The Biggest Lie of Them All

“I grew up in a place where everybody was a storyteller, but nobody wrote. It was that kind of Celtic, storytelling tradition: everybody would have a story at the pub or at parties, even at the clubs and raves.”  Irvine Welsh

It’s visceral, isn’t it? This calling that we’ve entered into?

It’s no wonder we take things like criticisms, rules, guidelines, reviews, and the like, so seriously. I posted a link on my FB page several days ago that led to a post written by a good friend of mine over at The Lit Lab. The heart of the post was centered around the lies we’ve allowed ourselves to believe about writing and about being a professional author (you can find that post here). Reading that inspired list led me to start thinking…what lies have we told ourselves, or allowed ourselves to believe, about what it means to BE an author—a storyteller?

*You can’t develop your voice as an author until you’ve written for years and nothing that you write prior to your first published work will be worth holding onto.

Um…shall I list all of the famous works of literature that were the author’s firsts? I’d rather not, since it would take me more room than a single post on WordPress allows. This is utter bullshit, I don’t care if an agent (or any other authoritative figure) has told you otherwise. Think of it like this: Not everyone needs to date around before finding the one they’re destined to spend their life with. Some do. Others know the moment they meet them. Some authors spend years in silence, never penning a thing, then suddenly they find their voice and set off writing like their keyboards are on fire.

*All advice from reputable sources (agents, publishers, editors, critique group members, alpha & beta readers), is good advice.

Need I mention again, Tolkien’s advice to Lewis to nix Father Christmas from the Chronicles of Narnia? Even as I type that it sounds like good advice doesn’t it? Except for all of those children who listed it as their favorite part of The Lion, The Witch and the Wardrobe. And the fact that Lewis, in his heart, knew that Father Christmas couldn’t be cut from the story.

*You MUST know everything about the craft of writing, in order to be a good storyteller.

Have you never been to a bar before? Have you never sat around a campfire and heard Uncle Whoever retell his childhood escapades in such a way that has the whole crowd dying with laughter? Have you never been to summer camp and been huddled beneath your sleeping bag in dread terror while some counselor (me), or fellow camper (also me) told you the scariest story you’ve ever heard? Do you live under a rock? Storytelling, to some folks, is second nature. I think I can safely say that I’m one of them. You likely are as well, but haven’t gathered the guts to state that you believe that for the record. And before you go there, I’m not saying that you shouldn’t learn the basics. All I’m saying, is that the first guy or gal who told a story, likely didn’t know the parts of the story by what would become their “proper” names. Those are merely formalities. Imagine it like two people who speak different languages, meeting and falling in love. Sure, there might be a little fumbling around in the beginning, but eventually you develop your own method of communication and everything else falls into place. If it’s meant to be, you don’t have WORK at it that hard. It. Just. Is.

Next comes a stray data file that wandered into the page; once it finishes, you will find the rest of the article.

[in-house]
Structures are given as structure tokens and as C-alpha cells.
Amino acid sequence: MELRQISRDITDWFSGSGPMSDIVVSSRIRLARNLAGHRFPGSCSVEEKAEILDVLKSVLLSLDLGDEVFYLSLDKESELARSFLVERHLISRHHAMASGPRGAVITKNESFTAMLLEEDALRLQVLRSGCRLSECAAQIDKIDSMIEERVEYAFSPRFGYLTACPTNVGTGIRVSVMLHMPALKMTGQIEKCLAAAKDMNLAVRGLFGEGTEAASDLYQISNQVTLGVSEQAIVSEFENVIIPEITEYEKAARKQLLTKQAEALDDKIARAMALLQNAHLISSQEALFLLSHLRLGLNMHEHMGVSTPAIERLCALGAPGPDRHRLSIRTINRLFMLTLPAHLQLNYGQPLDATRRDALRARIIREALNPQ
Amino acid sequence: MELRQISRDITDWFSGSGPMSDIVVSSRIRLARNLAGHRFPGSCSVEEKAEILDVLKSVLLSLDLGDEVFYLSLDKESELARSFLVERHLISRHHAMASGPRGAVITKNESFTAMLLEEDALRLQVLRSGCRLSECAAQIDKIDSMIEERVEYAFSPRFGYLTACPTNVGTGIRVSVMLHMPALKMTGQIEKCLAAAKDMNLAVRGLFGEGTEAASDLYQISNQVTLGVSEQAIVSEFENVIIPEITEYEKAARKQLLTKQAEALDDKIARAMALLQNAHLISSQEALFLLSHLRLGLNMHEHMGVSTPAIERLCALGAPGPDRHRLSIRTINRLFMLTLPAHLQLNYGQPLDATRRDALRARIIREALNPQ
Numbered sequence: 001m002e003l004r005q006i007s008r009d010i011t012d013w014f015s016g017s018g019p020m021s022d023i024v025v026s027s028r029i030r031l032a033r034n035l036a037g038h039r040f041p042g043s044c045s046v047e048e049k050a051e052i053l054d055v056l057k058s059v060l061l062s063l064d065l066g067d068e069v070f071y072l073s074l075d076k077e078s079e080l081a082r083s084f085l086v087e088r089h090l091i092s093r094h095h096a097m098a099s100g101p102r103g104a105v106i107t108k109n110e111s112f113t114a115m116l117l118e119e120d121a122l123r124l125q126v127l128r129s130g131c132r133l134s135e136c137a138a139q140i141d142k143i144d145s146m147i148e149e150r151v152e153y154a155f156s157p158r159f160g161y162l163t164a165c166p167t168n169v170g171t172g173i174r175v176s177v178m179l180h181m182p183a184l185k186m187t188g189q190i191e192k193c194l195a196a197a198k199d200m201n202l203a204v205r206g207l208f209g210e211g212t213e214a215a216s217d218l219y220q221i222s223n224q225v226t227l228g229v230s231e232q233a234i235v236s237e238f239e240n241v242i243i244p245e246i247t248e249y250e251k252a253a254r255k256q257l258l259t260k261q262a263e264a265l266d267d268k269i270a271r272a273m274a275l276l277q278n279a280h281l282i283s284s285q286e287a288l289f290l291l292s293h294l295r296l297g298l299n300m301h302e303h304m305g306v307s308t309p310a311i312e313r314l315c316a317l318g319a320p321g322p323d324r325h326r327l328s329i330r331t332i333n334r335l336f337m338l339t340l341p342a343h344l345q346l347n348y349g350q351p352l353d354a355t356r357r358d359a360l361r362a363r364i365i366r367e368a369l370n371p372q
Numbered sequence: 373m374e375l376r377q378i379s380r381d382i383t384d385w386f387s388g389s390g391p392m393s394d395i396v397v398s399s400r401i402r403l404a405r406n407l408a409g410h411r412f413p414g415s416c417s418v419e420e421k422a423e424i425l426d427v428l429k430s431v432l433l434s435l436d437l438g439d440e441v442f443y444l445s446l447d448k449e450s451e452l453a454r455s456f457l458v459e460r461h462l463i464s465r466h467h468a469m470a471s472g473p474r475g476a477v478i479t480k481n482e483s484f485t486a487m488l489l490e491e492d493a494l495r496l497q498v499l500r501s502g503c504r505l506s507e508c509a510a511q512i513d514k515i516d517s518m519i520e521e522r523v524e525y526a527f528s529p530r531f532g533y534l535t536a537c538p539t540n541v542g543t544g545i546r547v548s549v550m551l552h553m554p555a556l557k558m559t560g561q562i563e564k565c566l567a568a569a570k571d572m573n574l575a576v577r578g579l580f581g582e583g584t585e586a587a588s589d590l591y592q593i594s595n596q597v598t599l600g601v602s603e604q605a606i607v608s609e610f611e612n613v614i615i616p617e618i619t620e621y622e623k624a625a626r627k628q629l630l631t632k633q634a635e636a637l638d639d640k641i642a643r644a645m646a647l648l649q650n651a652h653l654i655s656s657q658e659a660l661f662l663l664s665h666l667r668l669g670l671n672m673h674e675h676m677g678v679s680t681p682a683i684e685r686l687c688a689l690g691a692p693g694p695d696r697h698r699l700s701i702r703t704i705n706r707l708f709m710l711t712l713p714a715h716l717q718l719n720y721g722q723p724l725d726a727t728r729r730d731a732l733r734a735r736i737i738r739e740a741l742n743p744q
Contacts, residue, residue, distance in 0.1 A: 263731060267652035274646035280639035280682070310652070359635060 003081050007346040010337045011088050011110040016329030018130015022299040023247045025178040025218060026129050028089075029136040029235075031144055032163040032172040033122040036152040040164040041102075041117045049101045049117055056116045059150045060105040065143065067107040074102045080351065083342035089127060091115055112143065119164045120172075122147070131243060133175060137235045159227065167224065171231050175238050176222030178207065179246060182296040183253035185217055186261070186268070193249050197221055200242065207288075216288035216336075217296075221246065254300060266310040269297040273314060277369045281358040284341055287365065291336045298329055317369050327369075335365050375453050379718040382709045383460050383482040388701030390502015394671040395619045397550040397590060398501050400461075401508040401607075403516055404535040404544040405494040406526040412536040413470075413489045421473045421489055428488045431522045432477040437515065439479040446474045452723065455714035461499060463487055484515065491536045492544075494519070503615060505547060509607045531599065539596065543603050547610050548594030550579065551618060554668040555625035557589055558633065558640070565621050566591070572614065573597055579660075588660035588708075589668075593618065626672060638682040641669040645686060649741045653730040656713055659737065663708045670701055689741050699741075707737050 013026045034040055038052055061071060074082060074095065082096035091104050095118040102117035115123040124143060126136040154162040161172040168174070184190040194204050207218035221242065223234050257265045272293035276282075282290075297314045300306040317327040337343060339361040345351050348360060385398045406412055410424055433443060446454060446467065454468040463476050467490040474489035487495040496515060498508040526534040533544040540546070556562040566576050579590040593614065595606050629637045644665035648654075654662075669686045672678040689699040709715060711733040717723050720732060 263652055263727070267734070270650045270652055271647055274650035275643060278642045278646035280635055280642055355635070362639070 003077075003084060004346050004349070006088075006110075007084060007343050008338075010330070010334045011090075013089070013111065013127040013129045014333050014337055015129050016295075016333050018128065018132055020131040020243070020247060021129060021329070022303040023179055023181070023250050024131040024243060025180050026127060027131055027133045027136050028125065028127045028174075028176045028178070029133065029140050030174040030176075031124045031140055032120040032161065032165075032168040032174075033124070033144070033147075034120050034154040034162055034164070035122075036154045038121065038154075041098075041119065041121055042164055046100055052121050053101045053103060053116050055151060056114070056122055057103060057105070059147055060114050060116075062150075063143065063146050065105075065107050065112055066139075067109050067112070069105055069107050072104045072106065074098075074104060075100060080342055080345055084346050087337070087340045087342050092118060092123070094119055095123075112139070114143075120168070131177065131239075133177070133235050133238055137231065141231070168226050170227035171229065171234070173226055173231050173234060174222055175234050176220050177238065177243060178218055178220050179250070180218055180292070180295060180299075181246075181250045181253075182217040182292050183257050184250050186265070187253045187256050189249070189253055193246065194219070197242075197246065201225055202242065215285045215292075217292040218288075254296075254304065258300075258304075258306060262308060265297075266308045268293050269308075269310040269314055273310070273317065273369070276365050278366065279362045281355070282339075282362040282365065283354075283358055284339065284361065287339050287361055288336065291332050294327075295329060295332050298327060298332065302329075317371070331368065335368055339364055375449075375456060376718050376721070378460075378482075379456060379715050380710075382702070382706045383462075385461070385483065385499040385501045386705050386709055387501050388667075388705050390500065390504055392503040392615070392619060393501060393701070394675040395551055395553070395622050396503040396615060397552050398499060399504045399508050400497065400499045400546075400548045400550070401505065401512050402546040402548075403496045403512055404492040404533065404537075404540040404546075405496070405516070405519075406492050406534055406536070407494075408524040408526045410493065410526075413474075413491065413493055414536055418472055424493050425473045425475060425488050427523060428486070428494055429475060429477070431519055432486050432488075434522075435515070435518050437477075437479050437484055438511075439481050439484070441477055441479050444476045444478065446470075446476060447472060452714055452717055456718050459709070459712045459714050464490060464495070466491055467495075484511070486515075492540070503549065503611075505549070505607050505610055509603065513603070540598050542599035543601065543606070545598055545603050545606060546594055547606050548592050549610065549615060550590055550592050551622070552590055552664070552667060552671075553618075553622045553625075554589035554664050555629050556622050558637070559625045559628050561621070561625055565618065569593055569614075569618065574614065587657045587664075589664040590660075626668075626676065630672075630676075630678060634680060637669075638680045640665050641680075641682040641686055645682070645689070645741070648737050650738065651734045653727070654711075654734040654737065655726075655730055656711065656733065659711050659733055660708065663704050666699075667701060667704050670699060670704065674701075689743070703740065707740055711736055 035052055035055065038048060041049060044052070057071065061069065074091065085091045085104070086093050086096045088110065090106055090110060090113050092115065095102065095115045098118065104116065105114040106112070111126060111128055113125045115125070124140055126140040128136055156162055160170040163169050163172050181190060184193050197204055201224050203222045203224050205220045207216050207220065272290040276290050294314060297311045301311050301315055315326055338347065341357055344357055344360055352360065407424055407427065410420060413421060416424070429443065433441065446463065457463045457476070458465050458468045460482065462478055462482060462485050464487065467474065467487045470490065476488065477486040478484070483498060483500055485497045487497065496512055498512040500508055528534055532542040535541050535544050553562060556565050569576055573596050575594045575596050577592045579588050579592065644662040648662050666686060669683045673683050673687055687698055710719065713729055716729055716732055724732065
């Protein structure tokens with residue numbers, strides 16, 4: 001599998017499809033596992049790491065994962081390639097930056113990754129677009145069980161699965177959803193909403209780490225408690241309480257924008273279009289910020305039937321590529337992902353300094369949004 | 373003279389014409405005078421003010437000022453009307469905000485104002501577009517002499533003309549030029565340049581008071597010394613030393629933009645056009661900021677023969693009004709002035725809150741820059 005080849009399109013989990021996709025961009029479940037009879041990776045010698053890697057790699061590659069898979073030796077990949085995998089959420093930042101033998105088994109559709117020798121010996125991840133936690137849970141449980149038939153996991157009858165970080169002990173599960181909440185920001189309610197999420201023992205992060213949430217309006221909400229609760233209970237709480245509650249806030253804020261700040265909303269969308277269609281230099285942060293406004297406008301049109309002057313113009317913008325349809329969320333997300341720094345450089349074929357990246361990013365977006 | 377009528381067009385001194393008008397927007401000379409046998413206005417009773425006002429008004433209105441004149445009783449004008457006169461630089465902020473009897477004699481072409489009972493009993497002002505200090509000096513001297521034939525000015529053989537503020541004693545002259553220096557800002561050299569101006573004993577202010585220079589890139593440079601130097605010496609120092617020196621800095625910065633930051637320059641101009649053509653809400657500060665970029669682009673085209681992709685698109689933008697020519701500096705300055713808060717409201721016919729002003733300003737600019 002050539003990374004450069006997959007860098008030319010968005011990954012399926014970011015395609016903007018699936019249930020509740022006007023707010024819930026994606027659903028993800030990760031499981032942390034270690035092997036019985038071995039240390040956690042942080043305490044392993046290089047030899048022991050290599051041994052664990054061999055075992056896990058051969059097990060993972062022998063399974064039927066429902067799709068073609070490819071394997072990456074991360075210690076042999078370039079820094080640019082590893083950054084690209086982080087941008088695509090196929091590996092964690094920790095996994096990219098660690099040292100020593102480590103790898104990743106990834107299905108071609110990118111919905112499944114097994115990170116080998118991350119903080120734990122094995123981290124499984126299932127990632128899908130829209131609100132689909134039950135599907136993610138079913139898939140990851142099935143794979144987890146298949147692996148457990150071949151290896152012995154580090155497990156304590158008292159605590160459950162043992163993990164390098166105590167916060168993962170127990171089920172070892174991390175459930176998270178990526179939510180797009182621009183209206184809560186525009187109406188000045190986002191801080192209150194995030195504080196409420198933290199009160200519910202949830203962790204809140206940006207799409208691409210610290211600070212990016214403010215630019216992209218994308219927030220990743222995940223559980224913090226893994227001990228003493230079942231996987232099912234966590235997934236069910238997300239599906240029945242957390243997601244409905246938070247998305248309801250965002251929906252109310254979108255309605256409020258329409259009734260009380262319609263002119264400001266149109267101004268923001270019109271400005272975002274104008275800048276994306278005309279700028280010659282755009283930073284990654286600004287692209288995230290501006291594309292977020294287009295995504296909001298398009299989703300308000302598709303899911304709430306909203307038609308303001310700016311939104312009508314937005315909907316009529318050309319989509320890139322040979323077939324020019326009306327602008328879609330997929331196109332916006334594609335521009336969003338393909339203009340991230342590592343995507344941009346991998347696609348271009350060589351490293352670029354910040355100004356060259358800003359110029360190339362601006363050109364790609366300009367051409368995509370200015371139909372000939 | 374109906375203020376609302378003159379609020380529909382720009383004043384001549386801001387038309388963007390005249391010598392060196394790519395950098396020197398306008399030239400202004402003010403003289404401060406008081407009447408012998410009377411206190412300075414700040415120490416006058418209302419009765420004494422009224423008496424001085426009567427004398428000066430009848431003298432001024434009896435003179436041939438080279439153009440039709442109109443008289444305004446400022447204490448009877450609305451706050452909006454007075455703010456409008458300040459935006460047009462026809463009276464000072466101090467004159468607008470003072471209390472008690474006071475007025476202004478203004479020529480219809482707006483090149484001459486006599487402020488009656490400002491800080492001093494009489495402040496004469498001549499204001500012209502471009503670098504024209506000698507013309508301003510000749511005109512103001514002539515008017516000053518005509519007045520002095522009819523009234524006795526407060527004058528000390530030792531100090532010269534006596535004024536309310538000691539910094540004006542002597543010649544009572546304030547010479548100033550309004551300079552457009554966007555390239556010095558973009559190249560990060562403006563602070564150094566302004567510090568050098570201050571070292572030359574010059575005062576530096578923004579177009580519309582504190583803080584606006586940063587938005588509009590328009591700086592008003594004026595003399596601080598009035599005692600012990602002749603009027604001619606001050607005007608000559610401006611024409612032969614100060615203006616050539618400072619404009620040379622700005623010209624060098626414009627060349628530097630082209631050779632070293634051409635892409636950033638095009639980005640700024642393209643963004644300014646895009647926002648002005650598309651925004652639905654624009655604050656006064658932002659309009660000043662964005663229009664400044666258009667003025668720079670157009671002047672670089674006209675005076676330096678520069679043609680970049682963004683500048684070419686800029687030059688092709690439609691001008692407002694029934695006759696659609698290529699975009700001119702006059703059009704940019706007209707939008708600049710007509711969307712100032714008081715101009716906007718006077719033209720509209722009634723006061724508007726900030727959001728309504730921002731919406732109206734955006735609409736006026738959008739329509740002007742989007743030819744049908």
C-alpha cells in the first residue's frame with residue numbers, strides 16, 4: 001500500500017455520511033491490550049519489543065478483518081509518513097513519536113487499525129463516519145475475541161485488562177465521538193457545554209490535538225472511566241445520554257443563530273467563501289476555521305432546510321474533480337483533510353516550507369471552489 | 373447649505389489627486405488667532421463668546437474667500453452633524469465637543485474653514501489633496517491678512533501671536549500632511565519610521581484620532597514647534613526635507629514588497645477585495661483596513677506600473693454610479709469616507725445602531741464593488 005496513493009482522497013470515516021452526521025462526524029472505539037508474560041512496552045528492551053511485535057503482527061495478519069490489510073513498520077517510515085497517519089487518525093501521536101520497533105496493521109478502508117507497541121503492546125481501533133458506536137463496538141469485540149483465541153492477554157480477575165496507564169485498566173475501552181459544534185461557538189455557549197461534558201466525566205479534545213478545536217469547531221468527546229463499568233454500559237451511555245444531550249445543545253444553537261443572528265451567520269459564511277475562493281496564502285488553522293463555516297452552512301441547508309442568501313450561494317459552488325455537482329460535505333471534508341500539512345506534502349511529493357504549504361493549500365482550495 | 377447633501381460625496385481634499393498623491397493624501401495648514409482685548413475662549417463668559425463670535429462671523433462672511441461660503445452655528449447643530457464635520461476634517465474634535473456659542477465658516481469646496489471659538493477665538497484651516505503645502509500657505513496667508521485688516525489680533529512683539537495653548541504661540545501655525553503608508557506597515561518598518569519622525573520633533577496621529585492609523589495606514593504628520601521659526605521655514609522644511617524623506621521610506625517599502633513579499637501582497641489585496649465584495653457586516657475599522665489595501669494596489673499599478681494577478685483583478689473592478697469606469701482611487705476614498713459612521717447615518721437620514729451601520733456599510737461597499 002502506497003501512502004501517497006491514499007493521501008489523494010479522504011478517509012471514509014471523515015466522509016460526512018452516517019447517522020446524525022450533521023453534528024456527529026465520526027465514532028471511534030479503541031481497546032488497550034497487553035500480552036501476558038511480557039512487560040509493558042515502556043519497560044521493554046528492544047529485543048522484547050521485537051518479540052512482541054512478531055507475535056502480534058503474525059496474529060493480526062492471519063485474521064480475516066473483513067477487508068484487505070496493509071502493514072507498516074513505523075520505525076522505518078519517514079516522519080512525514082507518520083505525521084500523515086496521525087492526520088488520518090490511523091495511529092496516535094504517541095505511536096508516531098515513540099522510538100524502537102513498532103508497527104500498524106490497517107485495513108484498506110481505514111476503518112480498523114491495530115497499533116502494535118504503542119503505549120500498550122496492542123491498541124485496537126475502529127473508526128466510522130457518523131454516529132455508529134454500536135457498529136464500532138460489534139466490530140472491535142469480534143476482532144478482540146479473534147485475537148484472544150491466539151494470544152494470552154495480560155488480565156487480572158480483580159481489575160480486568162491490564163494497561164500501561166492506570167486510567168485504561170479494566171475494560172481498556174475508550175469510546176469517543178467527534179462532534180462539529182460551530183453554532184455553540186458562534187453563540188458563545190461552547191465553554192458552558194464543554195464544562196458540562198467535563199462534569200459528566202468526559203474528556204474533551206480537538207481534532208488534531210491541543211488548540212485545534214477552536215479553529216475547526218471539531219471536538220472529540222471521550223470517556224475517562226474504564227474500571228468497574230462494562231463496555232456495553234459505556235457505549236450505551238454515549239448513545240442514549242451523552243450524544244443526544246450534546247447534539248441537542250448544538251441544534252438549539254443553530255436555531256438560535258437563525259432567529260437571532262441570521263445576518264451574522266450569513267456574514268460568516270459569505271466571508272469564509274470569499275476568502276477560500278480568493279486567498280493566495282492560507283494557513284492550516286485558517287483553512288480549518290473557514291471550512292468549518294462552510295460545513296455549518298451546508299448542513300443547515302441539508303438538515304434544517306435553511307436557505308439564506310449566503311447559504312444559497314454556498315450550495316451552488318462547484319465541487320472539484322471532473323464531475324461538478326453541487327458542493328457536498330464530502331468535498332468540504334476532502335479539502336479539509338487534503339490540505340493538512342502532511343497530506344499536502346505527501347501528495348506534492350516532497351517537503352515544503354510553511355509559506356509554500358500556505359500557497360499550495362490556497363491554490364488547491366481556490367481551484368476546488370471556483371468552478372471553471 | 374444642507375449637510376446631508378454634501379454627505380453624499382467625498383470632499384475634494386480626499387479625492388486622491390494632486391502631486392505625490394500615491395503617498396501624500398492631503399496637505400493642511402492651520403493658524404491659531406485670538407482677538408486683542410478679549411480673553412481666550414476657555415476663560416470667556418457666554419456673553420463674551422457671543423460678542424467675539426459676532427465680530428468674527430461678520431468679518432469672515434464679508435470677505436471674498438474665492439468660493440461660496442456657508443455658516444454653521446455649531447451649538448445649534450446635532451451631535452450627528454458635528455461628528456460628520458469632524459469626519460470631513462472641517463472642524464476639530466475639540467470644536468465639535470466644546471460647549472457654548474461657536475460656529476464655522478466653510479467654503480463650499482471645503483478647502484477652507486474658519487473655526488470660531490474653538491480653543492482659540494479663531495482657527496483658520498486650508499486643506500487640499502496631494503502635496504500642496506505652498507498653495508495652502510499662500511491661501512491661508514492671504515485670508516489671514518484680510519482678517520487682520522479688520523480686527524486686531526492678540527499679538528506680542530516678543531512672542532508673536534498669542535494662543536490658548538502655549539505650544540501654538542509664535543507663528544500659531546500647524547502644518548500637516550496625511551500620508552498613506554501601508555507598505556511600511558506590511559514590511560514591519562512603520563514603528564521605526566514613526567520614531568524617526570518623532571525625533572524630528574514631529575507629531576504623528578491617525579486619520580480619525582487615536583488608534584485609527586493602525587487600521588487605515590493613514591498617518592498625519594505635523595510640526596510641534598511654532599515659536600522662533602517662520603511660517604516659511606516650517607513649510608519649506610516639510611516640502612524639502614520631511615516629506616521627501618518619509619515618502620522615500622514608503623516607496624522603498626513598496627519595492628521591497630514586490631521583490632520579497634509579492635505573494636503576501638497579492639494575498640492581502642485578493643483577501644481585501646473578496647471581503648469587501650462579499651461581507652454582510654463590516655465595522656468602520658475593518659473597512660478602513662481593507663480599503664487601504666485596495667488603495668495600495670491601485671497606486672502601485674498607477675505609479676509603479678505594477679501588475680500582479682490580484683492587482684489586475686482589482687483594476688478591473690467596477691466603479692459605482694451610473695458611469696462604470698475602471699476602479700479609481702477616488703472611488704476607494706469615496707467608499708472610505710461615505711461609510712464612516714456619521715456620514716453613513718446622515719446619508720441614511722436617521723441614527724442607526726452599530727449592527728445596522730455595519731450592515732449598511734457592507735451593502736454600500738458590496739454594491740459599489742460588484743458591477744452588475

*In order to be a great author, you have to be able to write outstanding queries.

I’m sorry, I can hardly type from the tears I’m shedding in laughter over this one. I’ve read this on more than one agent’s blog, and a couple of publishers, but ironically, I’ve never seen it on an author’s blog. Wonder why? Gee…hmmm….give me a second. ‘Cause it’s…you guessed it….total shit. Some of us, just aren’t short-winded. Period. Yes, it’s a fault. Yes, it sucks. YES, it means it’ll take longer to get someone’s attention if you’re in that category and you’re unpublished. Does it mean you won’t ever be successful or famous? No. Not at all. And frankly, I have no idea where this idea came from. Queries and novels are not the same thing for a reason, and the pervasive idea that if you can’t sum up your novel in 300 words or less, then you don’t know what it’s about, is LUDICROUS. And I don’t mean the band.

Seriously, this one is one of the worst bits of writing “truth” I’ve read. It’s terribly discouraging and does nothing but make writing a query harder for those of us who struggle with writing them in the first place. So, do yourself (and me) a favor and don’t spread that horse manure. If you only knew the number of NYT bestselling authors who hired a ghost writer to write their queries for them…(how do I know this? Because I know a handful of ghost writers who have written them for NYT bestselling authors).

*The difference between authors and writers, is that authors have been traditionally published.

I think I just threw up a little bit in my mouth. Really? I’ve read that one on writers’ sites. Shame on you! You ought to know better. Do you think that because you are published that you have the right to make others feel less worthy than you? No, writers are folks who write. Period. This encompasses everything from obituaries and classified ads, to text books and personal weblogs. Authors, tell stories. That’s all. That’s the distinction. Check out Webster if you don’t believe me. Now, I will give you the caveat that in order to be an author, you do have to have actually *finished* a novel, short story, or novella. Publication has nothing to do with it. That’s merely recognition for having done something, it doesn’t have any bearing on whether you’ve actually done the thing or not. If you’re still “researching” that first novel, and have been for the last ten years, then you’re still a writer. Only when you’re done do you get to call yourself an author. Even if your cat is the only sentient being to set eyes on it after that.

I think even Donald Maass may have stated that in one of his many manifestos on how to be a bestselling author.